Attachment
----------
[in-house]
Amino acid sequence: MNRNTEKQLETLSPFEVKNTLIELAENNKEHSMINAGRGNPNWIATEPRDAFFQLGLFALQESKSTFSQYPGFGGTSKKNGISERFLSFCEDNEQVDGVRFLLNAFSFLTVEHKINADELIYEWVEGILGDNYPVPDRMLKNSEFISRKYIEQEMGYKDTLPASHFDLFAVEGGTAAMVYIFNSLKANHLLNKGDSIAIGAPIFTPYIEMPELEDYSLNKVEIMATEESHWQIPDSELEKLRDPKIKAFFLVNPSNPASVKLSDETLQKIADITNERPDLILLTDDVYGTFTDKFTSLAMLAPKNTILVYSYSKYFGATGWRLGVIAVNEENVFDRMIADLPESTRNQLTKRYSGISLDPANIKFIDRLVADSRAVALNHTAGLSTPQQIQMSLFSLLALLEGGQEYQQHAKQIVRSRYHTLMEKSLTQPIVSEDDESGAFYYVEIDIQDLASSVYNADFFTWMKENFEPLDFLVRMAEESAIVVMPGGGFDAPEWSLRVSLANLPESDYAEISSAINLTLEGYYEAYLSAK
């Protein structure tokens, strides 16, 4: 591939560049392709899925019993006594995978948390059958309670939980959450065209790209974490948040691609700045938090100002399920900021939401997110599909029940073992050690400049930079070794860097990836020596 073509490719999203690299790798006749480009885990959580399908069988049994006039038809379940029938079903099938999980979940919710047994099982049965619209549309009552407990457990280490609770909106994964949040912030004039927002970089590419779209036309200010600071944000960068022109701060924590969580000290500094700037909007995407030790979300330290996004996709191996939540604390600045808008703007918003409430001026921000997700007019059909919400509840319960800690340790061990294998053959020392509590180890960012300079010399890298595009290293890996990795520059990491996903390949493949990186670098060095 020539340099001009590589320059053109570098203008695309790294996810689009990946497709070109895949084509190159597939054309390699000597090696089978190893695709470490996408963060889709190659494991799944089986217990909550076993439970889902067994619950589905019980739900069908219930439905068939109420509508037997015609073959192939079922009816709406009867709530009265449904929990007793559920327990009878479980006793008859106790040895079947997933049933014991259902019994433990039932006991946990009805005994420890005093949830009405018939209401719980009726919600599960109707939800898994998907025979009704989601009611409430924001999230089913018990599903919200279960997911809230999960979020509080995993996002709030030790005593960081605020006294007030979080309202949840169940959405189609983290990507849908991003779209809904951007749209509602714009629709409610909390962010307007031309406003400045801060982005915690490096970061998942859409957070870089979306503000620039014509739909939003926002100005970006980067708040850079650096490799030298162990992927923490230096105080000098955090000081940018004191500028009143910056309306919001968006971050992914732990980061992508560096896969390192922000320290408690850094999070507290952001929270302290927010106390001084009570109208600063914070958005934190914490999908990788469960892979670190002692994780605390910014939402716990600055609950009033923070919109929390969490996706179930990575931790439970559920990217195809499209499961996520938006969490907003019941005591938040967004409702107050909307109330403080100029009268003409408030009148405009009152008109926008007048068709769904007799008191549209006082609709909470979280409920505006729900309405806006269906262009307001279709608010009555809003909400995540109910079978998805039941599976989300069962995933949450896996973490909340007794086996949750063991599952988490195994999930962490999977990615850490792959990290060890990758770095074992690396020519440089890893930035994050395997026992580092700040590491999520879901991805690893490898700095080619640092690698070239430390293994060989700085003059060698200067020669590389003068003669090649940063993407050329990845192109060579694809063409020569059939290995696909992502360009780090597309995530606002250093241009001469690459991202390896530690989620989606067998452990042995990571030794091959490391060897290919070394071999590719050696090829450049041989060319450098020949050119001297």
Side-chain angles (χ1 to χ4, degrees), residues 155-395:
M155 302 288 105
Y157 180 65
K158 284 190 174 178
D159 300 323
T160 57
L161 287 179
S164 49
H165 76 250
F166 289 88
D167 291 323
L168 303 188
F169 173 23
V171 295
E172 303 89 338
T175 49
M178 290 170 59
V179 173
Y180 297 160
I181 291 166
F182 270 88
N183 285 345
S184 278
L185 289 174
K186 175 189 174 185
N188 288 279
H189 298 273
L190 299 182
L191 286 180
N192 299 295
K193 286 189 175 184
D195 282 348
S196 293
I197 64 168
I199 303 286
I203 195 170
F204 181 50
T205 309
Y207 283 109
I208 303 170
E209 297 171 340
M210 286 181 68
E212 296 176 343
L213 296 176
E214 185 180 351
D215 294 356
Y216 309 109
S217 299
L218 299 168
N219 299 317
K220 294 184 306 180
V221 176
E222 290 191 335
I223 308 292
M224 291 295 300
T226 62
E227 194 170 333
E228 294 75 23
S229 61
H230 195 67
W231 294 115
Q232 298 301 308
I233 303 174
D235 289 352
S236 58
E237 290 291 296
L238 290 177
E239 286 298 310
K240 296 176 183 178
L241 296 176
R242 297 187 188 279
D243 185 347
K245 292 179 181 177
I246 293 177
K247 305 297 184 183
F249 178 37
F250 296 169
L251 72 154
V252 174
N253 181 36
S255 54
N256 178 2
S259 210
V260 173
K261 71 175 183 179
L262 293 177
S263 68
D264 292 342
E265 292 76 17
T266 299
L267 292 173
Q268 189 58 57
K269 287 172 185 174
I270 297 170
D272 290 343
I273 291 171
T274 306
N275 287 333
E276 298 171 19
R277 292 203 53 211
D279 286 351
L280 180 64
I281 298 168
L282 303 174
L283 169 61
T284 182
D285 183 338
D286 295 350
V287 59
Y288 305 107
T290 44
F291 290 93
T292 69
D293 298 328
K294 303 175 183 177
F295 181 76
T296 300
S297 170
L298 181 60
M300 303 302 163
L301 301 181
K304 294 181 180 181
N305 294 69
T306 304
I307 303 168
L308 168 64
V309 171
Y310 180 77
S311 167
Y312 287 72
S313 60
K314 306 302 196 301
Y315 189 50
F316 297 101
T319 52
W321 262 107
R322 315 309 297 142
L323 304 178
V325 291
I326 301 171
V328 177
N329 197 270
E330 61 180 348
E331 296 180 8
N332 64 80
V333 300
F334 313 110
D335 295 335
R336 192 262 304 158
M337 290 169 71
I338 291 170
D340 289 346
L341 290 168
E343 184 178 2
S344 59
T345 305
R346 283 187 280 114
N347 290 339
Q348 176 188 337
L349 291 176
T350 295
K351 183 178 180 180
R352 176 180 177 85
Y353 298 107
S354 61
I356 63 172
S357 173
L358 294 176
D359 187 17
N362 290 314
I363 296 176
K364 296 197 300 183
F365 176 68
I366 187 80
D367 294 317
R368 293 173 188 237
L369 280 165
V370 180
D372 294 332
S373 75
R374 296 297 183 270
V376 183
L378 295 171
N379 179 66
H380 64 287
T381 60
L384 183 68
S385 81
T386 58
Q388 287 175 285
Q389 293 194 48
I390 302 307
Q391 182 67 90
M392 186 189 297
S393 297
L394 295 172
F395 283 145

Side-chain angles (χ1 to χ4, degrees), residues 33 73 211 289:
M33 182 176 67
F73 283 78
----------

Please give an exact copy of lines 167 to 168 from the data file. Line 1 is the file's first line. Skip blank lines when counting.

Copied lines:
Y353 298 107
S354 61